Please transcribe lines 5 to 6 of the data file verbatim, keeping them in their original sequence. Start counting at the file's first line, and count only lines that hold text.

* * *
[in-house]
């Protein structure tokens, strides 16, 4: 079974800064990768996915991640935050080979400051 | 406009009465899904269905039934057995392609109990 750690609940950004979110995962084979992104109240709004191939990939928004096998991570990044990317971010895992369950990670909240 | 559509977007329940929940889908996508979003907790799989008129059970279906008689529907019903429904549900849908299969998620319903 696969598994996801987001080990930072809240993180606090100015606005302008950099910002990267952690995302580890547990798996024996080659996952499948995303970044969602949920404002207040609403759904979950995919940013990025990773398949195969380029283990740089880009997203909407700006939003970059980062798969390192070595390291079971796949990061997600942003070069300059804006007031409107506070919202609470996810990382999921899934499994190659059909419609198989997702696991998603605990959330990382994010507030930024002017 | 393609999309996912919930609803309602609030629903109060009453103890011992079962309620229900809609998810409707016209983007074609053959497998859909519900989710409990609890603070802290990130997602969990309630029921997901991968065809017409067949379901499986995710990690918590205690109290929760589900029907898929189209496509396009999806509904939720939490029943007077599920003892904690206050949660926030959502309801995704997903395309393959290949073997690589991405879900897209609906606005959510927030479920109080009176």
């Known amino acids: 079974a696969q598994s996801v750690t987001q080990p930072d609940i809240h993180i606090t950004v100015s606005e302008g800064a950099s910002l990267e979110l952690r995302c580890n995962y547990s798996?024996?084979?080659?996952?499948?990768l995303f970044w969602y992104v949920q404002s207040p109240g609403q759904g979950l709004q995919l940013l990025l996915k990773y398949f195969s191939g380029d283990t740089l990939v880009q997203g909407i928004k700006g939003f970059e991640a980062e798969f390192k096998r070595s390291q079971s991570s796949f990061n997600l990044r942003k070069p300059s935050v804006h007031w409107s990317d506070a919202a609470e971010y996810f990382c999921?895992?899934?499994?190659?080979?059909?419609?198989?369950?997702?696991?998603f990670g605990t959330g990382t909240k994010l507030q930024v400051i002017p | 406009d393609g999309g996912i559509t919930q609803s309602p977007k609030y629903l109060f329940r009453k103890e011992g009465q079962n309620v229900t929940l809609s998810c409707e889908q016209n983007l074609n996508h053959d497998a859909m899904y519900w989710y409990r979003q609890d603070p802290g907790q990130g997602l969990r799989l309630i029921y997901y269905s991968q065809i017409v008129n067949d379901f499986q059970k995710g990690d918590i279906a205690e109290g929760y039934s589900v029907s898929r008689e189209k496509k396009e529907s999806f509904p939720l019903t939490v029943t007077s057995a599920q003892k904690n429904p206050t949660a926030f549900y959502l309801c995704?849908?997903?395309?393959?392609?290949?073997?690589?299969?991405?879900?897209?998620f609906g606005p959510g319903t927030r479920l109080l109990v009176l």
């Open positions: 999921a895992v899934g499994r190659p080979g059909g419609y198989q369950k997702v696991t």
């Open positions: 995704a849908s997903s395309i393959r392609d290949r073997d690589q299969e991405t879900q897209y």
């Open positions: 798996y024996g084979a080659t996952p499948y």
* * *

């Open positions: 995704a849908s997903s395309i393959r392609d290949r073997d690589q299969e991405t879900q897209y």
């Open positions: 798996y024996g084979a080659t996952p499948y």